CHEOPS

From Wikipedia, the free encyclopedia
  (Redirected from CHEOPS (spacecraft))
Jump to: navigation, search
Characterising Exoplanets Satellite
Names CHEOPS
Operator Swiss Space Office
ESA
Website cheops.unibe.ch/
Mission duration 3.5 yrs (planned)
Spacecraft properties
Payload mass 58 kg (128 lb)
Start of mission
Launch date December 2017 (planned)[1]
Rocket Soyuz or Vega[1]
Launch site Guiana Space Centre
Orbital parameters
Reference system Geocentric
Regime Sun-synchronous 6 am/pm
Perigee 650 km (400 mi)[2]
Apogee 800 km (500 mi)[2]
Main
Type Ritchey-Chretien
frame-transfer back-side illuminated CCD
Diameter 32 cm (13 in)[2]
Focal length F/8
Wavelengths 400-1100 nm

CHEOPS (CHaracterising ExOPlanets Satellite) is a planned European space telescope for the study of the formation of extrasolar planets.

Foreseen to be launch-ready by the end of 2017, the mission aims to bring an optical Ritchey–Chrétien telescope with an aperture of 30 cm, mounted on a standard small satellite platform, into a Sun-synchronous orbit of about 800 kilometres (500 mi) altitude. For the planned mission duration of 3.5 years, CHEOPS is to examine known transiting exoplanets orbiting bright and nearby stars.[3]

History[edit]

Organized as a partnership between the European Space Agency (ESA) and the Swiss Space Office, CHEOPS was selected in October 2012 from among 26 proposals as the first S-class ("small") space mission in ESA's Cosmic Vision programme. [3] The project is led by the Center for Space and Habitability at the University of Bern, Switzerland, with contributions from other Swiss and European universities. The Principal Investigator for the science instrument is Willy Benz from the University of Bern. After a competition phase, Airbus Defence and Space in Spain was selected as the spacecraft builder.[1] The mission is cost capped at €50 million.[1]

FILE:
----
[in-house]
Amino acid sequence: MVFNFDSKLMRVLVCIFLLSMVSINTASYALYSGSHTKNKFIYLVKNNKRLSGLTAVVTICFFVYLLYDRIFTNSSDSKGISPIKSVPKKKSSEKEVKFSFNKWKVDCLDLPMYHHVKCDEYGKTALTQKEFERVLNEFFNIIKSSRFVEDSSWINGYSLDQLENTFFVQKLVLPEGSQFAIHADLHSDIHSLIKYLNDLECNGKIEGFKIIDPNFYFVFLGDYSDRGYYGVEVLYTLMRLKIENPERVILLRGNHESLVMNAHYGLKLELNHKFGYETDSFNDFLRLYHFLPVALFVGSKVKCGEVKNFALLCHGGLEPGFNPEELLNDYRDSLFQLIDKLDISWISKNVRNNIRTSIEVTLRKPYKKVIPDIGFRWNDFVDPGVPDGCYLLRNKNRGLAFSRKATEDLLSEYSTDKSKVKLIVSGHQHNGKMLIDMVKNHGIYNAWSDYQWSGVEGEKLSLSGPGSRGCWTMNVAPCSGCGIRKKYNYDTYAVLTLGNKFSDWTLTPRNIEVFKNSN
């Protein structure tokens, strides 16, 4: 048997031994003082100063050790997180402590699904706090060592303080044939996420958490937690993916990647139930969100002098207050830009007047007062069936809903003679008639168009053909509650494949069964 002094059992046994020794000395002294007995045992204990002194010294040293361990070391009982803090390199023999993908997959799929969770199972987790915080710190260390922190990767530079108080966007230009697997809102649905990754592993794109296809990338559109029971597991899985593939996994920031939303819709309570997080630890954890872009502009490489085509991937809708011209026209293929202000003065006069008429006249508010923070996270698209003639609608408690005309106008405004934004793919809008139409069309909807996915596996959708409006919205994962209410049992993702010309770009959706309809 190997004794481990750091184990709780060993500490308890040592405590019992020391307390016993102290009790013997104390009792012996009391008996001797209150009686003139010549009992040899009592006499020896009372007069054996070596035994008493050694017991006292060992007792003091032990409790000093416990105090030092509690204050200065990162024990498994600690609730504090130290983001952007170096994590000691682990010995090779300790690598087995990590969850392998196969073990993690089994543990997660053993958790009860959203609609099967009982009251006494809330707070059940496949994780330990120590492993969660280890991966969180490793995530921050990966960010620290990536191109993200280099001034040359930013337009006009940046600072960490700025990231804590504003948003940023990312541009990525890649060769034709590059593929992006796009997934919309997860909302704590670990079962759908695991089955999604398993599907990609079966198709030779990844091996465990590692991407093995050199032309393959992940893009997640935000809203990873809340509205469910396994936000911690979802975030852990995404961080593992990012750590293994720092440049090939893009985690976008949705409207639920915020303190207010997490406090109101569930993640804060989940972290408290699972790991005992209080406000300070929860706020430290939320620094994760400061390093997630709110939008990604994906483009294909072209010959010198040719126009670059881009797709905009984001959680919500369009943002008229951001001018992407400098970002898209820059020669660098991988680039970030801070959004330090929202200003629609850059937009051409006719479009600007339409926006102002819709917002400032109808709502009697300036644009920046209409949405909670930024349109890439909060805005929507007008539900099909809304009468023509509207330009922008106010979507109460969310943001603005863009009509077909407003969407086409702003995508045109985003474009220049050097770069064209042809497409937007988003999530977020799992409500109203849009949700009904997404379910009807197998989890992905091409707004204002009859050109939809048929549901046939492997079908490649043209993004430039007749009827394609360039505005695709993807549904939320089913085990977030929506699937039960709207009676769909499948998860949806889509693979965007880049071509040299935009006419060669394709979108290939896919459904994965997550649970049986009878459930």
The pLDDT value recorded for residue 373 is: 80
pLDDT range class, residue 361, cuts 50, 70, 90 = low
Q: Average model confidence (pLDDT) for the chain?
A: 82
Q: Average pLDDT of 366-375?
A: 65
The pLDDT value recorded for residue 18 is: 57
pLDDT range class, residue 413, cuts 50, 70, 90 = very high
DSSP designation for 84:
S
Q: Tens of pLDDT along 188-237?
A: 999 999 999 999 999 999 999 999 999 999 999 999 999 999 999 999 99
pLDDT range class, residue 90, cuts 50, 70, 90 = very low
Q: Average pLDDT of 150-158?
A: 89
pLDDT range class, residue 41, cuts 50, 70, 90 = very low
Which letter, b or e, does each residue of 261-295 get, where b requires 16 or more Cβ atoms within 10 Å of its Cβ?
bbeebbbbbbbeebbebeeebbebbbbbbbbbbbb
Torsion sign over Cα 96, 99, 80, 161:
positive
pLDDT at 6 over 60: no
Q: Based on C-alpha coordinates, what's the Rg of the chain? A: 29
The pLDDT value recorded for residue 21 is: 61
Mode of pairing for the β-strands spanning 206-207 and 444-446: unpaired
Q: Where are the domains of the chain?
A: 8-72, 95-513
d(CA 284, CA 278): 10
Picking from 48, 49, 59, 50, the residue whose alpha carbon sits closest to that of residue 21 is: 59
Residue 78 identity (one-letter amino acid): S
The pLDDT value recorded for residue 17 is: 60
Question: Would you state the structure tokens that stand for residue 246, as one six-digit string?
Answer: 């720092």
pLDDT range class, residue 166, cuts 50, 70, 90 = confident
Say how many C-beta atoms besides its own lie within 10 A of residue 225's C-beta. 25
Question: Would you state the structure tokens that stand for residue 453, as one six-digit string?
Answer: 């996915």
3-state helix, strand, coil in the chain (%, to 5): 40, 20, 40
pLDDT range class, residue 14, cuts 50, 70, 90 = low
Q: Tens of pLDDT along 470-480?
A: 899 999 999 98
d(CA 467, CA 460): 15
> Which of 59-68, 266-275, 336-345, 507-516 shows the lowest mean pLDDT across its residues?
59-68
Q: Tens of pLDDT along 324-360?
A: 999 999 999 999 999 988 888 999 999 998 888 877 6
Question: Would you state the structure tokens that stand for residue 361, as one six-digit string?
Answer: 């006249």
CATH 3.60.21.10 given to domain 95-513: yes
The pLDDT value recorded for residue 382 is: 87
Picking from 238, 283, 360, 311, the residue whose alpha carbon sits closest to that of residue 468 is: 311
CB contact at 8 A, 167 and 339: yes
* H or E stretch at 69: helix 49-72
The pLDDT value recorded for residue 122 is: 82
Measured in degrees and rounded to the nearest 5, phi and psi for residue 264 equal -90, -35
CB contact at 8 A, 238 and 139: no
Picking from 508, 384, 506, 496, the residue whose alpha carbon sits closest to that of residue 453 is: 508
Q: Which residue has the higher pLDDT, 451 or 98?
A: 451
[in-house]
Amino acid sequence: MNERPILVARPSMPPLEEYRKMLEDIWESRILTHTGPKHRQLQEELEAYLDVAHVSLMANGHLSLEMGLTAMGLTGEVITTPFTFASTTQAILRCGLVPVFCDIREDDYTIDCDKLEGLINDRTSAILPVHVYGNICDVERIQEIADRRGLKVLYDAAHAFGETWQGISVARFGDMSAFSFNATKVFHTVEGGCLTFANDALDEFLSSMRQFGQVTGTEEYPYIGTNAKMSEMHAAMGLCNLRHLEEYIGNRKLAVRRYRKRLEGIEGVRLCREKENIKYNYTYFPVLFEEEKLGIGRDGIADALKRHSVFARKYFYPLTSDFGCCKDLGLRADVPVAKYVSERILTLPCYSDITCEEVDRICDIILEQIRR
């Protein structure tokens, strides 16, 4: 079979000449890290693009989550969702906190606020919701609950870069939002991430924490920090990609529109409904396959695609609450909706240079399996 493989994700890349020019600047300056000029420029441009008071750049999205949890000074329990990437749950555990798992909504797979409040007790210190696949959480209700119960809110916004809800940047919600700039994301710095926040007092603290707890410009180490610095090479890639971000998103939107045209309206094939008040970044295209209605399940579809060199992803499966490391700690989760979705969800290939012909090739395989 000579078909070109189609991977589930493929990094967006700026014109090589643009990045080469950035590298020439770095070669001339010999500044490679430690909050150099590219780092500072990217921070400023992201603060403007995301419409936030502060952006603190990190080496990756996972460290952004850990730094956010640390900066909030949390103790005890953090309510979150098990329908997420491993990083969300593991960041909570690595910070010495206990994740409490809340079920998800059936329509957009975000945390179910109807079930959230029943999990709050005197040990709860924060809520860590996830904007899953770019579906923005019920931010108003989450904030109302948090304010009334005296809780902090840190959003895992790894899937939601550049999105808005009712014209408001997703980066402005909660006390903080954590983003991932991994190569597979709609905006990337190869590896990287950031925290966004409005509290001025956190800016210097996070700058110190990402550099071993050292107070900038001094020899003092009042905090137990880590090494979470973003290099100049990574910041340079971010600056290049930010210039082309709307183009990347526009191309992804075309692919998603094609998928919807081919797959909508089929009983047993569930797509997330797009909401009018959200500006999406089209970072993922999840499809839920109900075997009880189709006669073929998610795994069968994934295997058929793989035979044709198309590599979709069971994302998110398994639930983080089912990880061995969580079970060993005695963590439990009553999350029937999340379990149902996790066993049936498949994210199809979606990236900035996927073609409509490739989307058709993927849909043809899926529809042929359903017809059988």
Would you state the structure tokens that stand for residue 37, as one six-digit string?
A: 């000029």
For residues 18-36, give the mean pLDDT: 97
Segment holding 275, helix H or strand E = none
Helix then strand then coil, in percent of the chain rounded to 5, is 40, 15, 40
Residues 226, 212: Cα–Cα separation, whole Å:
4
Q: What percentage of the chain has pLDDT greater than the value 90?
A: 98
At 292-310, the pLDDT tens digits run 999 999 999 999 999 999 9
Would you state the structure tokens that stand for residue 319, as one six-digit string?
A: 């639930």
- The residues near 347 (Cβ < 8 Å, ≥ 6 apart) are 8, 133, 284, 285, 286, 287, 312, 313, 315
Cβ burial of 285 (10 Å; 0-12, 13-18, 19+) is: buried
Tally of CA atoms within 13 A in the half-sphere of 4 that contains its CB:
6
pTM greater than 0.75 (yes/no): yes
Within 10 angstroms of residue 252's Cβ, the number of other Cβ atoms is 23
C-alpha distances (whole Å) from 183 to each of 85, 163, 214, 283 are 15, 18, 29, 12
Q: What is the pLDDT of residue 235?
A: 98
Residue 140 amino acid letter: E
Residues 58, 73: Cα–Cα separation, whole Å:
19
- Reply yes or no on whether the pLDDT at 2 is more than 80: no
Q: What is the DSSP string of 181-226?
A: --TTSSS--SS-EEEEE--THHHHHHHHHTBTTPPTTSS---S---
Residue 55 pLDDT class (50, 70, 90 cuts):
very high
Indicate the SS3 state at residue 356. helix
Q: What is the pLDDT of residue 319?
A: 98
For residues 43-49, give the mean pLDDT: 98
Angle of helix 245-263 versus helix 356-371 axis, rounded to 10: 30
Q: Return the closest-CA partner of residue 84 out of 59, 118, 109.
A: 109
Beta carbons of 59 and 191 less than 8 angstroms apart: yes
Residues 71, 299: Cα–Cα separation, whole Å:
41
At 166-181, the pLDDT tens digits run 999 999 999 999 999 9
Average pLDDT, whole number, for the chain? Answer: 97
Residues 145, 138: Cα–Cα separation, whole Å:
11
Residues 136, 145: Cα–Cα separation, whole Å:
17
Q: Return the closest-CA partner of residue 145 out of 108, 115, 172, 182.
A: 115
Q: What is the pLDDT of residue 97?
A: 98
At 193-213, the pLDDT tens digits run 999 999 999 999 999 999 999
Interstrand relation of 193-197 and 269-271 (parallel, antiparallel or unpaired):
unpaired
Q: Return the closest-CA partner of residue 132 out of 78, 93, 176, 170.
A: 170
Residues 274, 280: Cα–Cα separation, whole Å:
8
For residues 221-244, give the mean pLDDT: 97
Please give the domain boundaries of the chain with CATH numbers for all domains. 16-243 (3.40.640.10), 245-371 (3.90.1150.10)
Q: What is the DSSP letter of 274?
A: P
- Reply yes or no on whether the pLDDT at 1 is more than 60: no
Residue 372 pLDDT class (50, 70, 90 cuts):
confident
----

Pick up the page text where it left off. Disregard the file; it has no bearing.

Goals[edit]

The main goal of CHEOPS will be to accurately measure the radii of the exoplanets for which ground-based spectroscopic surveys have already provided mass estimates. Knowing both the mass and the size of the exoplanets will allow scientists to determine the planets' approximate composition, such as whether they are gaseous or rocky. CHEOPS will be the most efficient instrument to search for shallow transits and to determine accurate radii for known exoplanets in the super-Earth to Neptune mass range (1-6 Earth radius).[1]

CHEOPS will measure photometric signals with a precision limited by stellar photon noise of 150 ppm/min for a 9th magnitude star. This corresponds to the transit of an Earth-sized planet orbiting a star of 0.9 Rsun in 60 days detected with a S/Ntransit >10 (100 ppm transit depth). For example, an Earth-size transit toward a G star creates an 80 ppm depth.

The spacecraft is to be powered by solar panels that are also part of its sunshield. They will provide 60 W continuous power for instrument operations and allow for at least a 1.2 Gigabit/day data downlink capacity.[4]

See also[edit]

References[edit]

External links[edit]